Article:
Day 05: Salvador (Urban Development, Capoeira School, Dinner & Show)This tour a special treat as we visit off the beaten path section of the city, a region not typically visited by most visitors to Salvador. We will see the different realities of urban life for the fortunate and the less fortunate. Our tour ends in an inner-city community, a favela deep in the heart of some of the most exclusive residential areas of Salvador. We will be met by the community leaders and given a detailed explanation of the work being done within the community. We will visit the school, and children's day-care center. This is a warming example of a community bravely finding solutions for its problems
Next a visit to to a Regional Capoeira School where we focus on the variations of the capoeira: There was a movement in the 1930's, under the notorious Brazilian dictator Getúlio Vargas, to create a unique Brazilian sport. A Bahian capoeira master, Mestre Bimba, was given the task of adapting the Angolan capoeira to a new distinctly Brazilian form of capoeira. The other form, Capoeira Regional, was born. This form is faster, indeed flashier, than the original Capoeira Angola, where the blows are directed to the head in a spectacular display of strength, technique and control. The musical form for the Capoeira Regional is similar to the Angolan form, a faster, stronger rhythm but using only the berimbau, tambourine and conga. Both forms have their intrinsic qualities, the Angolan form is certainly subtler then the more "gung-ho" Regional form.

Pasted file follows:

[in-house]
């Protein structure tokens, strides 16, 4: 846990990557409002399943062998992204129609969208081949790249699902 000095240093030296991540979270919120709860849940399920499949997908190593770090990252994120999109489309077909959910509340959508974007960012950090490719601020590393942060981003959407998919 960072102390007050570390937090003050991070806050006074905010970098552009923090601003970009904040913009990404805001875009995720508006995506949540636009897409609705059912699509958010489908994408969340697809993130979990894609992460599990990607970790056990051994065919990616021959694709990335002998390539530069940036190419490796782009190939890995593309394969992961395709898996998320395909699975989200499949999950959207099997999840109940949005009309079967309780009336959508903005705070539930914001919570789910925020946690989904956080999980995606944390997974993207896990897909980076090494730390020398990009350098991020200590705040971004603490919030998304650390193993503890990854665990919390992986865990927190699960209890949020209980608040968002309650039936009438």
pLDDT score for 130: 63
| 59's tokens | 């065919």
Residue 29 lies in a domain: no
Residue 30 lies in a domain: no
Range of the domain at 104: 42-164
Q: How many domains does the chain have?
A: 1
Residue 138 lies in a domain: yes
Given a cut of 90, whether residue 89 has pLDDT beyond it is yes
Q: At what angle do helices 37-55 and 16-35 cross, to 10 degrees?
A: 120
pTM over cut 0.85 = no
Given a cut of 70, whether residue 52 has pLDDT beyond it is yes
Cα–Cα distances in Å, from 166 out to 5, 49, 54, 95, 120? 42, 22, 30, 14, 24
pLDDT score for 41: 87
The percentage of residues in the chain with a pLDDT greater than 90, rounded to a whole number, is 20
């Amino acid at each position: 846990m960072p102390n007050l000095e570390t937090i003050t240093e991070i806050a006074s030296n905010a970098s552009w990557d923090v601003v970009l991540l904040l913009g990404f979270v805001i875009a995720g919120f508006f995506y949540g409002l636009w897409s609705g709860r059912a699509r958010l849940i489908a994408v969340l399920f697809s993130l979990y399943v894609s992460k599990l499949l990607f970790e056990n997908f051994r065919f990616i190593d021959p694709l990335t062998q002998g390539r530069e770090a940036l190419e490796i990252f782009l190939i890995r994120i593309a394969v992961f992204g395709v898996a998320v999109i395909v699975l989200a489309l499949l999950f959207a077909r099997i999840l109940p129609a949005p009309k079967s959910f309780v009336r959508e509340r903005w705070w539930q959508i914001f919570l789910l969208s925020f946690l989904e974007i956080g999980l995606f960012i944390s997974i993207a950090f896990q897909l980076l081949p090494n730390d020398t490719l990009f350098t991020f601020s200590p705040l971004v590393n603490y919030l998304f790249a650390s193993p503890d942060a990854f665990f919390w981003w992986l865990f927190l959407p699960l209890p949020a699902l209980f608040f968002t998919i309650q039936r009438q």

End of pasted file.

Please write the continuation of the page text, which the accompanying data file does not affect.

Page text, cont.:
Tonight, a feast for the senses as we head down to Miguel Santana Theatre in the Pelourinhofor an amazing show. The Bahia Folklore Company (Balé Folclórico da Bahia) is one of the most respected folklore dance troupes in the world. The company performs in the intimate Miguel Santana Theatre in the Pelourinho in a seamless presentation of the multiple African traditions that underpin Bahian culture. We will see the sacred dances of the Candomblé; puxada de rede, a song by fishermen in honor of Yemanjá, the goddess of the sea; maculelê, an acrobatic stick and sword dance with origins in the cane fields; capoeira, a martial art/dance of Angolan origin and the samba de roda, a spinning, swirling version of this exuberant national dance. Note: Not available Tuesday and Sunday. Dinner at a local restaurant and return to the hotel for overnight. (B)
Day 06: Depart SalvadorMorning at leisure. Afternoon transfer from the hotel to the airport for your flight back home (B)
- Alcoholic or non-alcoholic beverages
- International or domestic airfares
- Cost of Medical Emergencies including evacuation
- Souvenirs or additional services
- Travel insurance
- Cost of relevant visas
- Anything else not listed as included